Have you ever visited your doctor and asked for prescription painkillers, only to hear “I won’t prescribe those, because I don’t want the DEA to raid me for running a pill mill?” A recent Supreme Court decision may relieve doctors and other medical professionals concerned about prosecution for prescribing opioids. Even those already convicted may benefit from this clarification of the previously-unclear law in this high-risk area of medicine.
Under Federal law, a person cannot “knowingly” distribute a controlled substance such as an opioid “except as authorized.” Separate regulations define “authorized” as prescribing only for a “legitimate medical purpose” and in the “usual course of professional practice.” The “usual course of professional practice” originally meant “while working as a doctor,” but shifted over time to mean “complying with the professional standards of medicine.” As a result, more and more doctors face criminal charges for allegedly distributing opioids “outside the usual course of professional practice.” While the Government characterized these doctors as running “pill mills,” it also increasingly prosecuted doctors who prescribed opioids more sparingly. In the recent case of Ruan v. U.S., two doctors convicted for illegally distributing opioids challenged their convictions – and the Supreme Court agreed.
The Court faced this question: can doctors illegally distribute drugs only if they knew they weren’t authorized to prescribe those drugs? The Government argued “no” – that “having authorization” was a defense, but not an element that the Government had to disprove. Under this argument, a doctor who knowingly prescribed opioids, but who could not prove she had authority, would be guilty of illegally distributing drugs. While this question of “who has to prove it” may seem arcane, that distinction made or broke prison sentences of 20+ years. Had the Government won, a doctor who negligently prescribed opioids (acted below “professional standards”) wouldn’t just face malpractice – but potential criminal charges.
Two Opinions, One Conclusion
Justice Breyer’s majority opinion (which five other Justices joined) held that knowledge is an element. In other words, a doctor can only violate the law if she knows she lacks authorization to distribute opioids. Pointing to other cases dealing with welfare fraud and pornography, the Court explained that a doctor’s state of mind separates legal conduct (giving out prescriptions) from criminal conduct (drug dealing). Without this knowledge requirement, the law would also punish innocent and beneficial conduct – giving prescriptions to people who need them. As a result, the Court vacated the doctors’ convictions and returned the cases to the lower courts to determine whether – under the now-clarified law – those convictions could still stand.
Justice Alito’s concurring opinion (which two other Justices joined) agreed that the doctors’ convictions had to be revisited. However, Alito agreed with the Government that “authorization” was a defense and not an element, so that doctors must prove they had authorization or face conviction. But Alito disagreed with the Government that knowledge was irrelevant – he noted that “acting ‘as a physician’ does not invariably mean acting as a good physician.” And so Alito stated that a doctor can defend herself if she believed the prescription was a valid means to achieve a medical purpose. Alito therefore “concurred” – essentially saying the majority reached the right result for the wrong reasons – and also told the lower courts to revisit the convictions.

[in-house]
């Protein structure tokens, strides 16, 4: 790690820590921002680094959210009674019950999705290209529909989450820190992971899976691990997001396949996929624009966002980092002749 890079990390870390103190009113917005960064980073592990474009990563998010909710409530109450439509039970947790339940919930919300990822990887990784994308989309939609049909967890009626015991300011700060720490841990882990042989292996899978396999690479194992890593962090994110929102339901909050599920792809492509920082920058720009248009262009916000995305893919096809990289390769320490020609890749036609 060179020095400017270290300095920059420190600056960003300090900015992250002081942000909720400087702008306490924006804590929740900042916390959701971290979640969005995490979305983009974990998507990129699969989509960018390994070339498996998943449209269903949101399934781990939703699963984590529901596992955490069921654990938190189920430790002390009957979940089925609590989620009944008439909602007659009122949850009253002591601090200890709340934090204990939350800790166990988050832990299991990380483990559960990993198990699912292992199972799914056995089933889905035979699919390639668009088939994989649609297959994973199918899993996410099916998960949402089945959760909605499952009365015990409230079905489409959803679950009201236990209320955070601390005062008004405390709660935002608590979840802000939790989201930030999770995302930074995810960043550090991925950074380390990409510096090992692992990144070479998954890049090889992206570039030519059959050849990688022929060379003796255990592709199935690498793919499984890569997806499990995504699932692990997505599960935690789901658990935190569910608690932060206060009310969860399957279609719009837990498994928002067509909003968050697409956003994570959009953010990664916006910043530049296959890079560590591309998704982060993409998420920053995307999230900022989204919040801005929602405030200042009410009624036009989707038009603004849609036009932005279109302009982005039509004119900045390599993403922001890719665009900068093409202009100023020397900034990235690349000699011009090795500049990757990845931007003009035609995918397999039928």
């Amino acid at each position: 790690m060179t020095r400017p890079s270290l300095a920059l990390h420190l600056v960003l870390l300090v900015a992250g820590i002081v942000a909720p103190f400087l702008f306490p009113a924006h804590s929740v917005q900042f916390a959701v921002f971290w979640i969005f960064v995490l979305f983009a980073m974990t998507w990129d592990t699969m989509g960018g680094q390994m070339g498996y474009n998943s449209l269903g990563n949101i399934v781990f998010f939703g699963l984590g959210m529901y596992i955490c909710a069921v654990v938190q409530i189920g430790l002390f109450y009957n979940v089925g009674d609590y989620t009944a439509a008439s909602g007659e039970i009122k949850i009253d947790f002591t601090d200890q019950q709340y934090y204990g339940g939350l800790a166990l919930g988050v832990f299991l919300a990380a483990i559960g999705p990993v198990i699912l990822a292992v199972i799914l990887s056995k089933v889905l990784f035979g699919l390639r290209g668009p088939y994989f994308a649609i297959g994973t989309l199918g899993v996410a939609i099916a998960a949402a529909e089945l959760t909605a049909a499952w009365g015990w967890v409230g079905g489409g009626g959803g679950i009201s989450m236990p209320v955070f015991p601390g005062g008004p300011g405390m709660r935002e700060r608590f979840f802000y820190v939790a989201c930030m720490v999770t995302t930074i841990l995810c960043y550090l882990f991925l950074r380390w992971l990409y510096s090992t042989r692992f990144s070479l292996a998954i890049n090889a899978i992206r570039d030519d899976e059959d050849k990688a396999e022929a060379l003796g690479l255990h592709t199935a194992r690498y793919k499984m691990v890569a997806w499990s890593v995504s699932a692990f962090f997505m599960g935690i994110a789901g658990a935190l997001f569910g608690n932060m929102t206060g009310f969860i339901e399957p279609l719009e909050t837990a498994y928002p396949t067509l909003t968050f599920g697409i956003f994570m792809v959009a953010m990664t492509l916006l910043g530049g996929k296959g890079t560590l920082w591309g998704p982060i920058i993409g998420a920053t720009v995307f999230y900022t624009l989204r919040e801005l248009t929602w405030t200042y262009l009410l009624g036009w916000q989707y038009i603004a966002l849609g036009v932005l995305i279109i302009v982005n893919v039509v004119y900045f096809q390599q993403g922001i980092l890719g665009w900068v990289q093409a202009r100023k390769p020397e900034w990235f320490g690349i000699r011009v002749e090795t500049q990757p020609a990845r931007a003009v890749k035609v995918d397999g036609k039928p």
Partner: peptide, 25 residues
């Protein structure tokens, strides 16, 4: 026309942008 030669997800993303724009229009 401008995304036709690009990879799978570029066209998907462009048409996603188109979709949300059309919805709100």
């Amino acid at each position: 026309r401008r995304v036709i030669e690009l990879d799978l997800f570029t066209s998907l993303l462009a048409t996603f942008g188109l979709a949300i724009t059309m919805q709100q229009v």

A Second Chance?
The Ruan decision not only changes the law moving forward, but offers hope to doctors previously convicted for illegally prescribing opioids. In a habeas corpus proceeding, a defendant can challenge his conviction based on a new Constitutional rule that would change the outcome. Because Ruan requires the Government to prove that a doctor knew she lacked authorization, doctors convicted of “illegal distribution” where the Government did not prove that element may have a second chance. But time is ticking: after one year passes from the end of the appeals process, even a wrongful sentence normally becomes final.
We have seen the impact of this change in the law firsthand – we recently challenged a 35-year sentence given to a client for allegedly prescribing opioids illegally. Even though our client had been tried twice – and the Government’s vigorous arguments – we convinced the same judge who sentenced our client to give her another hearing. If you know someone wrongly convicted of illegal drug distribution, give Ashley Spencer a call at (713)-961-7770 to see if we can help. While contesting a conviction is always uncertain, and convincing a court to revisit or reduce a sentence is a high legal burden, doing nothing means the conviction will certainly stand unchallenged.